كتاب الأغاني (الصين)

هذا المقال يتضمن أسماءً أعجمية تتطلب حروفاً إضافية (پ چ ژ گ ڤ ڠ).
لمطالعة نسخة مبسطة، بدون حروف إضافية
Classic of Poetry (Shijing)
Shi Jing.jpg
The first song of the Classic of Poetry, handwritten by the Qianlong Emperor, with accompanying painting.
العنوان الأصلي *s.tə [أ]
البلدZhou China
اللغةOld Chinese
الموضوعAncient Chinese poetry and song
Classic of Poetry
Shijing (Chinese characters).svg
"Classic of Poetry" in seal script (top),[أ] Traditional (middle), and Simplified (bottom) Chinese characters
صينية تقليدية
صينية مبسطة

The Classic of Poetry, also Shijing or Shih-ching, translated variously as the Book of Songs, Book of Odes, or simply known as the Odes or Poetry (الصينية التقليدية: پن‌ين: Shī) is the oldest existing collection of Chinese poetry, comprising 305 works dating from the 11th to 7th centuries BC. It is one of the "Five Classics" traditionally said to have been compiled by Confucius, and has been studied and memorized by scholars in China and neighboring countries over two millennia. It is also a rich source of chengyu (four-character classical idioms) that are still a part of learned discourse and even everyday language in modern Chinese. Since the Qing dynasty, its rhyme patterns have also been analysed in the study of Old Chinese phonology.


الشعر والفلسفة من نتاج هذا العصر الذي نتحدث عنه بنوع خاص، وهما يجعلانه أكثر عصور الفكر الصيني ازدهارا. ولقد ضاع معظم ما كتب من الشعر قبل كنفوشيوس، وأكثر ما بقي منه هو ما اختاره هذا الفيلسوف من نماذج كلها جد وصرامة، جمعت في الشي- جنج Shijing ، أي "كتاب الأغاني" وقيلت في فترة تزيد على ألف عام تمتد من أيام الشعر القديم الذي قيل في أيام أسرة شانج إلى الشعر ذي الصبغة الحديثة الذي قيل في زمن معاصر لفيثاغورس. وتبلغ عدة هذه القصائد الباقية خمس قصائد وثلثمائة قصيدة، وكلها موجزة إيجازا يجعلها مستعصية على الترجمة، ذات تصوير إيحائي، تتحدث عن الدين ومتاعب الحرب وهموم الحب.

. . . . . . . . . . . . . . . . . . . . . . . . . . . . . . . . . . . . . . . . . . . . . . . . . . . . . . . . . . . . . . . . . . . . . . . . . . . . . . . . . . . . . . . . . . . . . . . . . . . . . . . . . . . . . . . . . . . . . . . . . . . . . . . . . . . . . . . . . . . . . . . . . . . . . . . . . . . . . . . . . . . . . . . .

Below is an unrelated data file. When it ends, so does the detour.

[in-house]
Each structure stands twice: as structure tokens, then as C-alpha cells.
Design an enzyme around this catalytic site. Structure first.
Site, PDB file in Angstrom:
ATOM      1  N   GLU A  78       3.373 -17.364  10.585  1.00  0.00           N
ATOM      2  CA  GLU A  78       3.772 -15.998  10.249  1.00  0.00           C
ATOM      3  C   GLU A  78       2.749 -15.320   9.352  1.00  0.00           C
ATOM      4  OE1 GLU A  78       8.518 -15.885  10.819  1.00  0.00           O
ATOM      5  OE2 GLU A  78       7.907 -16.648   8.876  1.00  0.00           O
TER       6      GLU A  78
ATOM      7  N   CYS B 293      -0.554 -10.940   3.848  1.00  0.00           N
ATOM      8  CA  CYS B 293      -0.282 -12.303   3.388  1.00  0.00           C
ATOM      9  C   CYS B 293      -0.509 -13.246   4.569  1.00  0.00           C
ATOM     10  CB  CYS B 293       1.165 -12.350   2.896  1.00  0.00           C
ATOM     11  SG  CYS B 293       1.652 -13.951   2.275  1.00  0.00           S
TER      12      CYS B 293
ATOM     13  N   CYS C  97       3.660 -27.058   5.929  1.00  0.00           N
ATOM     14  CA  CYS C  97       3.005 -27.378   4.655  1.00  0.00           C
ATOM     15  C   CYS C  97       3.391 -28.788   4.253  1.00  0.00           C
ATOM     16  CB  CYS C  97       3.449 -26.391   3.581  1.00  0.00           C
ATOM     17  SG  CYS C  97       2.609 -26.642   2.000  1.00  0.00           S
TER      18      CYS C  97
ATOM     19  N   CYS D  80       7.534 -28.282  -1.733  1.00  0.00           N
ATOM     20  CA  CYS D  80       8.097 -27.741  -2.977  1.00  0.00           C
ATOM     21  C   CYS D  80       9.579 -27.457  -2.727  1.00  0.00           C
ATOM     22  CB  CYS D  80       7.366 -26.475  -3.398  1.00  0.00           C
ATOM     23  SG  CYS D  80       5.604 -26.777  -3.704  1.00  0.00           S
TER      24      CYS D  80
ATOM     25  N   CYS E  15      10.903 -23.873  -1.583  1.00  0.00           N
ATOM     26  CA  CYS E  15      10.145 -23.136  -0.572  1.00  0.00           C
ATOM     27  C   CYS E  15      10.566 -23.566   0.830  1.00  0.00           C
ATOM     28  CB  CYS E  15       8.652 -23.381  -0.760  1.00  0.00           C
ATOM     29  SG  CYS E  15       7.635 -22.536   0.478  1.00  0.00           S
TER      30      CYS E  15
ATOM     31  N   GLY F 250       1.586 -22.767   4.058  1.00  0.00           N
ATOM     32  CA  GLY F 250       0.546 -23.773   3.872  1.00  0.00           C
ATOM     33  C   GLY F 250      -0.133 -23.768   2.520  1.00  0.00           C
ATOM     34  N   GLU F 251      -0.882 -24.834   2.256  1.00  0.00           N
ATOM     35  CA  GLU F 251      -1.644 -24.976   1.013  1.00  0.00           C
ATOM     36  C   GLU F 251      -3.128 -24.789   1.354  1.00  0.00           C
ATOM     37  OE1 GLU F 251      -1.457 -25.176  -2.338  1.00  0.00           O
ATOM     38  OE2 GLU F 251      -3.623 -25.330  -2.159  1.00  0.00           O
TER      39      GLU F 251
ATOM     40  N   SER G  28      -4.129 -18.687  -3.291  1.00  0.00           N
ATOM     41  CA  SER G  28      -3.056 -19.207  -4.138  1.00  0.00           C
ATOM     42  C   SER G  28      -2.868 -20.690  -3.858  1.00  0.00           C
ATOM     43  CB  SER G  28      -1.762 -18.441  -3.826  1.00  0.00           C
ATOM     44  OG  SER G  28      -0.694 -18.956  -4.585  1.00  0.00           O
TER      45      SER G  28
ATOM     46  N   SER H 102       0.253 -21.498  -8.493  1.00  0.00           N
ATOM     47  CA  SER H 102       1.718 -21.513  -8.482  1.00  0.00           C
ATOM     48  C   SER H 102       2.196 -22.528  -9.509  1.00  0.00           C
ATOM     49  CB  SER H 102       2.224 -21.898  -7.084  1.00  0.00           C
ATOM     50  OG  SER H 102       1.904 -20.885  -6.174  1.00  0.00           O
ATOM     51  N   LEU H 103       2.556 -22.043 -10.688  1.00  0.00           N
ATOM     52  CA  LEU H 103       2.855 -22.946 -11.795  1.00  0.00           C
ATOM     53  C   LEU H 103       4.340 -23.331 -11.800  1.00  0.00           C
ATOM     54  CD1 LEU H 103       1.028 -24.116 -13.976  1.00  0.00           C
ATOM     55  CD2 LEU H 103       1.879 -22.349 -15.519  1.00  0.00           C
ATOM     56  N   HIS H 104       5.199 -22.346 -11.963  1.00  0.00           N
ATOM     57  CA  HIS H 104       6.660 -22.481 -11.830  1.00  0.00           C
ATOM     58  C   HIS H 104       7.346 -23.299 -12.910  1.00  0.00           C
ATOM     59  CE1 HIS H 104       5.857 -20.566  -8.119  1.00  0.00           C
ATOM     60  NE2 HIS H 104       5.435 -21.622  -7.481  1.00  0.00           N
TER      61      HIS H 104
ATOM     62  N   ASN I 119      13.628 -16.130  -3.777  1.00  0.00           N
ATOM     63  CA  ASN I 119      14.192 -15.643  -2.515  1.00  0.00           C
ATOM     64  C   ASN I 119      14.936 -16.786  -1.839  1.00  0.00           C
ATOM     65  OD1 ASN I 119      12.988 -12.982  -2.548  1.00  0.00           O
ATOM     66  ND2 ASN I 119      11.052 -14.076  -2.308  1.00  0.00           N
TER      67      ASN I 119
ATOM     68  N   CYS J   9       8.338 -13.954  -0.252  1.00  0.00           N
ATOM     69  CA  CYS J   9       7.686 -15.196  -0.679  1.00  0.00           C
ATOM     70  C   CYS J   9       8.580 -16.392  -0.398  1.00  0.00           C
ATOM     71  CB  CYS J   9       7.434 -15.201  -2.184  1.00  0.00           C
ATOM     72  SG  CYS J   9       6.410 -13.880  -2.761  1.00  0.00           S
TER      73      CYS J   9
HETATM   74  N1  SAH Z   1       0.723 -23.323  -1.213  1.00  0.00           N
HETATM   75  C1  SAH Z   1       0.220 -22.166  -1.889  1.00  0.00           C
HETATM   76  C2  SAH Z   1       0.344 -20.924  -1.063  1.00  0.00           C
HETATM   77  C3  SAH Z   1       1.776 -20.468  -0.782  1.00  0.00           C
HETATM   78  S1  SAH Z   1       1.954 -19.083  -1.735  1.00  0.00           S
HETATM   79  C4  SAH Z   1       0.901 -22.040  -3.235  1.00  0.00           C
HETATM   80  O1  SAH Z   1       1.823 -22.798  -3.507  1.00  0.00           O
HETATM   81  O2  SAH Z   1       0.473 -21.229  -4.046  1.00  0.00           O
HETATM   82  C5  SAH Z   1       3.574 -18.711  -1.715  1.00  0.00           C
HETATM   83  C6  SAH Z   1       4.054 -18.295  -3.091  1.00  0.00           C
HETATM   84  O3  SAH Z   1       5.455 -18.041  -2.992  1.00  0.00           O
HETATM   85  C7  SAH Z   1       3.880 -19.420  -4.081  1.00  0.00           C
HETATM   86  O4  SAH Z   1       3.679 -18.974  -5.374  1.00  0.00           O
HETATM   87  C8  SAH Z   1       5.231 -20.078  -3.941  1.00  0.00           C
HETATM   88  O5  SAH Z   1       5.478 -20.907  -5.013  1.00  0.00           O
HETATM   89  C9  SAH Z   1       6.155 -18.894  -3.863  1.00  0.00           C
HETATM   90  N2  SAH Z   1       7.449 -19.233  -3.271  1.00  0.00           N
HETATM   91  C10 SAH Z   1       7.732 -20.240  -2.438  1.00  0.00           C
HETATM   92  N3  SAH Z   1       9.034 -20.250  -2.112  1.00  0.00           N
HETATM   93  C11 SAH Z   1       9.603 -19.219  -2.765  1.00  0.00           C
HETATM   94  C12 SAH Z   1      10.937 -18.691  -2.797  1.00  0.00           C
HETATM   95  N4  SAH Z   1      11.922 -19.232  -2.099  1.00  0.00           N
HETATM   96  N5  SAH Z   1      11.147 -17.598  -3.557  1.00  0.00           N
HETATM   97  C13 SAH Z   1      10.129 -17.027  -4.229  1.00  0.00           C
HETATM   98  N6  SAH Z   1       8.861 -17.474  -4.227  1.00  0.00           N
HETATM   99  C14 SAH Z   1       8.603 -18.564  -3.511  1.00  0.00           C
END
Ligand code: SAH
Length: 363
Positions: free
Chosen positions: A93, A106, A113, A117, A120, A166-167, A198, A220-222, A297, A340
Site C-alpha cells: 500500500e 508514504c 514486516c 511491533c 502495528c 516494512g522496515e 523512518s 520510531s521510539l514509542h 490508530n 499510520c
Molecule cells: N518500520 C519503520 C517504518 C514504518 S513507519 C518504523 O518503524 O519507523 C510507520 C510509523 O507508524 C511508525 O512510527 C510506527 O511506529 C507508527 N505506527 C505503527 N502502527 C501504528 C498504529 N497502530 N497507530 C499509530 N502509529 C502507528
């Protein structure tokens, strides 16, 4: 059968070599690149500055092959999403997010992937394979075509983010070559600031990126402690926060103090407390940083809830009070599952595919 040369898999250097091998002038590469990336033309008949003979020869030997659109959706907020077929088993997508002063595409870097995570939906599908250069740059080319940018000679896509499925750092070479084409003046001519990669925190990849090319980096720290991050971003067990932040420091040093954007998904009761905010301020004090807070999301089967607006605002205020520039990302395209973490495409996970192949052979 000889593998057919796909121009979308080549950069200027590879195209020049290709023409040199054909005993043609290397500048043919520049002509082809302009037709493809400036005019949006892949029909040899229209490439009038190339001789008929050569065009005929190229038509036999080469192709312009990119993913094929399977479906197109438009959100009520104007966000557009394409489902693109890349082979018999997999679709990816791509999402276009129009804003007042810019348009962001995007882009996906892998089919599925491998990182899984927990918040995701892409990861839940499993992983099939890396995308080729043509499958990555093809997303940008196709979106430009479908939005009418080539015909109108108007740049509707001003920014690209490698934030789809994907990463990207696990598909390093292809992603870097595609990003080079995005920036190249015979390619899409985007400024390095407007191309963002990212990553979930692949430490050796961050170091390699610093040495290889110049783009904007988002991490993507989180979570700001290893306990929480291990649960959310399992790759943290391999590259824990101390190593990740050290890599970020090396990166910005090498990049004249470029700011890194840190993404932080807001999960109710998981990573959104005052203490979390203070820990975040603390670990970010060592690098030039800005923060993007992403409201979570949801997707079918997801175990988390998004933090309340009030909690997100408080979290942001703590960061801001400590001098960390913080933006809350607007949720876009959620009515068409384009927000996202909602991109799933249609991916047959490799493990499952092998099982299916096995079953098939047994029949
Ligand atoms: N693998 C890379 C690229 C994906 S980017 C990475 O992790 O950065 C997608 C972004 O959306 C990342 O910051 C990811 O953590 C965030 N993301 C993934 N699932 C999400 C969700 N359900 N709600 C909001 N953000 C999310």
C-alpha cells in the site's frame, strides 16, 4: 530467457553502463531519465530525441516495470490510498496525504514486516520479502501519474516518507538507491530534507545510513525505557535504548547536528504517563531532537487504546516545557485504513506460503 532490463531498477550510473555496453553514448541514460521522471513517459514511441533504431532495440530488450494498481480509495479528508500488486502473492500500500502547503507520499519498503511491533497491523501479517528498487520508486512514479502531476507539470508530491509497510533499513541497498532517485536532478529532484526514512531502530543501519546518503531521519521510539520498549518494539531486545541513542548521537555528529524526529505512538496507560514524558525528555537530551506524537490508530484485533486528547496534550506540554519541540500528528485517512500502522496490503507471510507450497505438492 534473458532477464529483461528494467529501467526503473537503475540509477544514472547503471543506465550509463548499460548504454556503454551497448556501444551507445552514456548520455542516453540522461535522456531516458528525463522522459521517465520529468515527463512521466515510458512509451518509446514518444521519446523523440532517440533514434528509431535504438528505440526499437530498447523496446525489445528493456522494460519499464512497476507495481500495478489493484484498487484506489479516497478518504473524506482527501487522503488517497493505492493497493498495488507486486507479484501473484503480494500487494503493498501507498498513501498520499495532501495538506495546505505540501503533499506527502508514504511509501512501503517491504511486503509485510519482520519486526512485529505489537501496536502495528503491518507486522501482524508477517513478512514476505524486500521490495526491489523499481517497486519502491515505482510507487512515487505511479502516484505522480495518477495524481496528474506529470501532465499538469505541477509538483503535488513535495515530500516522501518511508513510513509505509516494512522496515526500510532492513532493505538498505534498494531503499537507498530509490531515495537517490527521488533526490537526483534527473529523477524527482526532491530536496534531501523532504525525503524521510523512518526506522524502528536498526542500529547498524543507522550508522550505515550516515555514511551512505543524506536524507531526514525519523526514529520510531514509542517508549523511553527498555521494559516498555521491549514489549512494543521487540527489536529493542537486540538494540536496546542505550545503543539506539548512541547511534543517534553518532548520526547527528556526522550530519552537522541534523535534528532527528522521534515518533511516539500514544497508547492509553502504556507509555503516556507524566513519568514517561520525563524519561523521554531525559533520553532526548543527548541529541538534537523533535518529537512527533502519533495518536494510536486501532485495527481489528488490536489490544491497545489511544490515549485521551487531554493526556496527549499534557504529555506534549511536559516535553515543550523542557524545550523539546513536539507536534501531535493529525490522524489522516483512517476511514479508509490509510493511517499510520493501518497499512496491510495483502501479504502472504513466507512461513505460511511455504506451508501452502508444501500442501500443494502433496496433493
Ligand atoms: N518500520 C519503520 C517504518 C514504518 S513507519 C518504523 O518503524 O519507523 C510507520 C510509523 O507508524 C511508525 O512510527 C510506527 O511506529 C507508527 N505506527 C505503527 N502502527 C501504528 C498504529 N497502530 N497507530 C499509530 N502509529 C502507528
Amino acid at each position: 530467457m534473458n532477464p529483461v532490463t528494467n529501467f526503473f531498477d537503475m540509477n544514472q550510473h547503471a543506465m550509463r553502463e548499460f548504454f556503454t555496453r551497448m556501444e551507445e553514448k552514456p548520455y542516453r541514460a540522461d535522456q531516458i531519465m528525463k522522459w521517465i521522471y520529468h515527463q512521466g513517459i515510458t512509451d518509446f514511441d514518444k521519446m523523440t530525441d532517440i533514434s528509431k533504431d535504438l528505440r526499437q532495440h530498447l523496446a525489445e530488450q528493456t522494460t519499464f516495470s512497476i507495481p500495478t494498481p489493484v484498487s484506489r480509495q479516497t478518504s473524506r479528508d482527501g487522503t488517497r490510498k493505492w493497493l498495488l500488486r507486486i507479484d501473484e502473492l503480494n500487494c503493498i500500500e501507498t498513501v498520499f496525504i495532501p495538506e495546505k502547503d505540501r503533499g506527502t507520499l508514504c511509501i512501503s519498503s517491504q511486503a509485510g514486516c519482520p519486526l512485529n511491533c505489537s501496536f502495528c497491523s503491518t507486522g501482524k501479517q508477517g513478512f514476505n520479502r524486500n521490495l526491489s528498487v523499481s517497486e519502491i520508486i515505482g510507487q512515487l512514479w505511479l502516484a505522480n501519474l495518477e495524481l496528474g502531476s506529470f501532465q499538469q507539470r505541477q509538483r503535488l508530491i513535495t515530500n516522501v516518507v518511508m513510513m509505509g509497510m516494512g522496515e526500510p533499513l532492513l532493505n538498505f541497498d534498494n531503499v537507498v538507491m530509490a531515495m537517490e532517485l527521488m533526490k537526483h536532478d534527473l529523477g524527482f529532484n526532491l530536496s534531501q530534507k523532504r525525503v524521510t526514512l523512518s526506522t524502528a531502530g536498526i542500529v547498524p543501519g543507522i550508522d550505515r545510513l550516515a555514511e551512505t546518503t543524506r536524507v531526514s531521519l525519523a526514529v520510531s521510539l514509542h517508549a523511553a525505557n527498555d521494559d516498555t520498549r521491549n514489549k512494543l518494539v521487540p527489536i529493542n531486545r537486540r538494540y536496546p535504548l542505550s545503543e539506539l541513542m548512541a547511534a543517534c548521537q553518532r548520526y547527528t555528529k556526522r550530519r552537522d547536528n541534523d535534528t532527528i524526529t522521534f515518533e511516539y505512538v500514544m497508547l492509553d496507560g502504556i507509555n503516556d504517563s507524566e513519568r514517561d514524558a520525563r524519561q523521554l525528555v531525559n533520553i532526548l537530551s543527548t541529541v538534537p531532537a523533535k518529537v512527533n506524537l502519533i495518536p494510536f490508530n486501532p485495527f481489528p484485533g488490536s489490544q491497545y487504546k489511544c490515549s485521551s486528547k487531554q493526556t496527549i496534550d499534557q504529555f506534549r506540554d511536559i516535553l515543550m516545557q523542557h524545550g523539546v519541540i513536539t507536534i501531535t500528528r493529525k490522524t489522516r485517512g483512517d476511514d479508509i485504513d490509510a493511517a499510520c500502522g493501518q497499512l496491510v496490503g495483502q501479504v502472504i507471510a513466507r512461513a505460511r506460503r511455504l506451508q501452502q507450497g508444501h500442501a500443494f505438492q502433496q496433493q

النمط

Whatever the origin of the various Shijing poems as folk songs or not, they "all seem to have passed through the hands of men of letters at the royal Zhou court".[1] In other words, they show an overall literary polish together with some general stylistic consistency. About 95% of lines in the Poetry are written in a four-syllable meter, with a slight caesura between the second and third syllables.[2] Lines tend to occur in syntactically related couplets, with occasional parallelism, and longer poems are generally divided into similarly structured stanzas.[3]

All but six of the "Eulogies" consist of a single stanza, and the "Court Hymns" exhibit wide variation in the number of stanzas and their lengths. Almost all of the "Airs", however, consist of three stanzas, with four-line stanzas being most common.[4][5] Although a few rhyming couplets occur, the standard pattern in such four-line stanzas required a rhyme between the second and fourth lines. Often the first or third lines would rhyme with these, or with each other.[6] This style later became known as the "shi" style for much of Chinese history.

One of the characteristics of the poems in the Classic of Poetry is that they tend to possess "elements of repetition and variation".[3] This results in an "alteration of similarities and differences in the formal structure: in successive stanzas, some lines and phrases are repeated verbatim, while others vary from stanza to stanza".[7] Characteristically, the parallel or syntactically matched lines within a specific poem share the same, identical words (or characters) to a large degree, as opposed to confining the parallelism between lines to using grammatical category matching of the words in one line with the other word in the same position in the corresponding line; but, not by using the same, identical word(s).[3] Disallowing verbal repetition within a poem would by the time of Tang poetry be one of the rules to distinguish the old style poetry from the new, regulated style.

The works in the Classic of Poetry vary in their lyrical qualities, which relates to the musical accompaniment with which they were in their early days performed. The songs from the "Hymns" and "Eulogies", which are the oldest material in the Poetry, were performed to slow, heavy accompaniment from bells, drums, and stone chimes.[2] However, these and the later actual musical scores or choreography which accompanied the Shijing poems have been lost.

Nearly all of the songs in the Poetry are rhyming, with end rhyme, as well as frequent internal rhyming.[3] While some of these verses still rhyme in modern varieties of Chinese, others had ceased to rhyme by the Middle Chinese period. For example, the eighth song (芣苢 Fú Yǐ[ب]) has a tightly constrained structure implying rhymes between the penultimate words (here shown in bold) of each pair of lines:[8]

Chinese Characters   Mandarin Pronunciation (Pinyin)   Cantonese Pronunciation (Jyutping)
采采芣苢、薄言采之。   Cǎi cǎi fú yǐ, báo yán cǎi zhī.   Coi2 coi2 fau4 ji5, bok6 jin4 coi2 zi1
采采芣苢、薄言有之。   Cǎi cǎi fú yǐ, báo yán yǒu zhī.   Coi2 coi2 fau4 ji5, bok6 jin4 jau5 zi1

采采芣苢、薄言掇之。   Cǎi cǎi fú yǐ, báo yán duó zhī.   Coi2 coi2 fau4 ji5, bok6 jin4 zyut3 zi1
采采芣苢、薄言捋之。   Cǎi cǎi fú yǐ, báo yán luó zhī.   Coi2 coi2 fau4 ji5, bok6 jin4 lyut3-6 zi1

采采芣苢、薄言袺之。   Cǎi cǎi fú yǐ, báo yán jié zhī.   Coi2 coi2 fau4 ji5, bok6 jin4 git3 zi1
采采芣苢、薄言襭之。   Cǎi cǎi fú yǐ, báo yán xié zhī.   Coi2 coi2 fau4 ji5, bok6 jin4 git3 zi1